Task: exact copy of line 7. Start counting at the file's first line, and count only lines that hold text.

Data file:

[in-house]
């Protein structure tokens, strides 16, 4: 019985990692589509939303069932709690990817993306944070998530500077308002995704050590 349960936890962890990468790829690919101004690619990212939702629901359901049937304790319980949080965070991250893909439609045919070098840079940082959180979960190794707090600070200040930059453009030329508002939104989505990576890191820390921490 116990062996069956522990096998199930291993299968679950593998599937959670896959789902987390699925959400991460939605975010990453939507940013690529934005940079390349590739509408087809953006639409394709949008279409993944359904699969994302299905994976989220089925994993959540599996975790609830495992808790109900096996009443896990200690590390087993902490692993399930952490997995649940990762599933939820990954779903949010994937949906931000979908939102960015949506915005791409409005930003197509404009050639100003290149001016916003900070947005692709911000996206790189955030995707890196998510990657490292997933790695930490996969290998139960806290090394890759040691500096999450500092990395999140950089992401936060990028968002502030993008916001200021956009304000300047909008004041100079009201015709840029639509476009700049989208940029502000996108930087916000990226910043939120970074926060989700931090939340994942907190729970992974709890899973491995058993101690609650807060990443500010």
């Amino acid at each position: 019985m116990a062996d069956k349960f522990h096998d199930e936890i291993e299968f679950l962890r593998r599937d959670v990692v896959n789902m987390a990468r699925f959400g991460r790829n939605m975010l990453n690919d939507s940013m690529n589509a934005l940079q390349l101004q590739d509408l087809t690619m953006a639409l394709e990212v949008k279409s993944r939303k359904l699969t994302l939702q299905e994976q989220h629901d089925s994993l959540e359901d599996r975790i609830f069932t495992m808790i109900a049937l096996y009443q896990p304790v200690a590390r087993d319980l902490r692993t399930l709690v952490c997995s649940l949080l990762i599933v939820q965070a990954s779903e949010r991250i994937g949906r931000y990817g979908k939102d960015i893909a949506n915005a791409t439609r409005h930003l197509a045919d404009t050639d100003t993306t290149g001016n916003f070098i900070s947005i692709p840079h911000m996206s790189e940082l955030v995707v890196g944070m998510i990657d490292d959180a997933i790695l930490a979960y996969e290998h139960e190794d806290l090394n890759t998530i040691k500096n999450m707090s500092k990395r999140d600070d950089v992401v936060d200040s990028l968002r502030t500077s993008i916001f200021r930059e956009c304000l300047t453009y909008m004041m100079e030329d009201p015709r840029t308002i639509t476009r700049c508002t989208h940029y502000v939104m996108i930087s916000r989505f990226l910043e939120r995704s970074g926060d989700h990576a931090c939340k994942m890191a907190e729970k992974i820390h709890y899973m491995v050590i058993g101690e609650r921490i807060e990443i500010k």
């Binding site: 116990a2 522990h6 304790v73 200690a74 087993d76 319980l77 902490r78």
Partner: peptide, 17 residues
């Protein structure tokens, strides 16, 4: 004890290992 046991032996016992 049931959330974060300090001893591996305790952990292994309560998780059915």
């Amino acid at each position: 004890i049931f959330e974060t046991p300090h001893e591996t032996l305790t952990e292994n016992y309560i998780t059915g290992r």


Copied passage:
């Amino acid at each position: 004890i049931f959330e974060t046991p300090h001893e591996t032996l305790t952990e292994n016992y309560i998780t059915g290992r």